The book was not released till 1998 (when the film was completed).

So we have a sort of serial composition here (in the sense of Finnegans Wake).

It came out in parts.

It dribbled out.

Like QAnon.

And its influence spread.

Like COVID-19.

We remember William S. Burroughs and his concept of the “word virus”.

That is certainly germane here.

But I return, again, to Finnegans Wake.

No film creation in the history of cinema is more like James Joyce’s aforementioned masterpiece than Histoire(s) du cinéma.

Indeed, the only other creation I know of which enters into this same sui generis realm is Walter Benjamin’s Passagenwerk (translated in English as Arcades Project).

These are DENSE works…these three masterpieces.

One (Joyce) a “novel”.

One (Godard) a “movie”.

And one (Benjamin) a philosophical book.

Two books and a movie.

And the movie eventually became a book (Godard’s Gallimard creation).

The reverse of the usual.

Here, book doesn’t become film.

And there is not “more” in the book than there is in the film in Godard’s case.

If anything, there is certainly less.

Which doesn’t make it any less poignant.

So, what Godard has created for us with the book is a perfect guide to REMEMBERING WHAT WE SAW.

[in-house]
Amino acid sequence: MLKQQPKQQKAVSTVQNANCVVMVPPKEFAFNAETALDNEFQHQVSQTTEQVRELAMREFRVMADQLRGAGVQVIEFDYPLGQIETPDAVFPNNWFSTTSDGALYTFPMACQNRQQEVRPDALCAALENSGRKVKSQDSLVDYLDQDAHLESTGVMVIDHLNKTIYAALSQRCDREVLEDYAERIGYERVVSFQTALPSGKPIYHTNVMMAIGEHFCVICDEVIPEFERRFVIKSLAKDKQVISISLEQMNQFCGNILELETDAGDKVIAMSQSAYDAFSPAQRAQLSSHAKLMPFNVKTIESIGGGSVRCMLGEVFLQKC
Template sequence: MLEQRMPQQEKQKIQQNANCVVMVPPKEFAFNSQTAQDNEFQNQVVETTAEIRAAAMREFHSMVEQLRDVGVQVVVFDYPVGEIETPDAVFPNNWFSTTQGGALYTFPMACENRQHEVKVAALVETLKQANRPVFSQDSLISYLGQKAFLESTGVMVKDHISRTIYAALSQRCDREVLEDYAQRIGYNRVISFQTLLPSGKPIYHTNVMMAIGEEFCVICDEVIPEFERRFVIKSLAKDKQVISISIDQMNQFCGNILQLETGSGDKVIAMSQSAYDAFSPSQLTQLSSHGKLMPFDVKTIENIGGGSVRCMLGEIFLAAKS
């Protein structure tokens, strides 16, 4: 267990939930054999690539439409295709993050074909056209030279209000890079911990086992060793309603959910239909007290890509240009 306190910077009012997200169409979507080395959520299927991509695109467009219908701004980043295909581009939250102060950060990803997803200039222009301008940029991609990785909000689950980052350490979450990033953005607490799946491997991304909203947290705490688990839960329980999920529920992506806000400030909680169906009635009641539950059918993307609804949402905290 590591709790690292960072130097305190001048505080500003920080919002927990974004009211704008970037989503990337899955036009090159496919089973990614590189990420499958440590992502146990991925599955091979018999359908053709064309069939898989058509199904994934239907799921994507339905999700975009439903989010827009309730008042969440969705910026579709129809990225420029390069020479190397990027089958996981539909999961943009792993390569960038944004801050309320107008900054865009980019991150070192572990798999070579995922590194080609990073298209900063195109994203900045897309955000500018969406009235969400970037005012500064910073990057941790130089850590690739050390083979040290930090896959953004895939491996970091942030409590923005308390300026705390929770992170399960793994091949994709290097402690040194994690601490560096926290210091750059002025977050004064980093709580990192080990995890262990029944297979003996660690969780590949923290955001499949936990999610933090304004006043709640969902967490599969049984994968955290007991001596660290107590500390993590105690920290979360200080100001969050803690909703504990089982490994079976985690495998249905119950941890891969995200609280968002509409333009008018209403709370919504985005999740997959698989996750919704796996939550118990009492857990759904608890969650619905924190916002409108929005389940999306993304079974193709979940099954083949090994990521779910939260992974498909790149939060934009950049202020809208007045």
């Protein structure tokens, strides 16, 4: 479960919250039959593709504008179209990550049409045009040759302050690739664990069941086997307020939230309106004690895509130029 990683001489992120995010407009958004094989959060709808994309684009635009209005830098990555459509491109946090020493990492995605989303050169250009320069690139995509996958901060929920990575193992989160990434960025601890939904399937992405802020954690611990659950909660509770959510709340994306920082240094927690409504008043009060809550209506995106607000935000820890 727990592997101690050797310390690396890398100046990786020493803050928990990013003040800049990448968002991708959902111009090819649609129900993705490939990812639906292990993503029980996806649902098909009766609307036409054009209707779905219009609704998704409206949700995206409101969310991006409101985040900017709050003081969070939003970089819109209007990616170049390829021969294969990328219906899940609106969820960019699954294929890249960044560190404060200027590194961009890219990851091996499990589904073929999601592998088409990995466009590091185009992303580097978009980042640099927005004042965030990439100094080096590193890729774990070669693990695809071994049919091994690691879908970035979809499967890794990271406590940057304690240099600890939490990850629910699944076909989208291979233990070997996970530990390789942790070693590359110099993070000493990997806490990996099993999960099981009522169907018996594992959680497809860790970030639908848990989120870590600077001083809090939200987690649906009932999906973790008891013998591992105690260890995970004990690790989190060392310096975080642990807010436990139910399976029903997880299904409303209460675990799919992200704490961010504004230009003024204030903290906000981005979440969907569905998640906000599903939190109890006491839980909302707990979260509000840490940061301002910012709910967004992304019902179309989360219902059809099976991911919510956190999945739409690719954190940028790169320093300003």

Which is a big theme of Histoire(s) du cinéma.

Film preserves the holiness of real life (to paraphrase).

Film (and video…of which this movie makes extensive use) preserves a moment.

Film can be (and is, always) a document.

Godard outlines a very French dichotomy here.

Film can be either predominantly of the Lumière brothers’ tradition (what we might call “documentary”).

Or of the Méliès tradition (a doctored reality…a “staged” document…what we might call “drama” [and its various subgenres such as “comedy”]).

But this dichotomy is not strictly “mutually exclusive”.

And here Godard brings us the example of Robert Flaherty.

Known as a director of documentaries, Godard points out that Flaherty “staged” his documentaries (which blurs the lines between the Lumière/Méliès dichotomy).

And what of Histoire(s) du cinéma?

Is it a documentary?

In many ways, yes.

It is a history of film.

But it is also a history of the filmmaker who is MAKING that very same history of film (namely, Godard himself).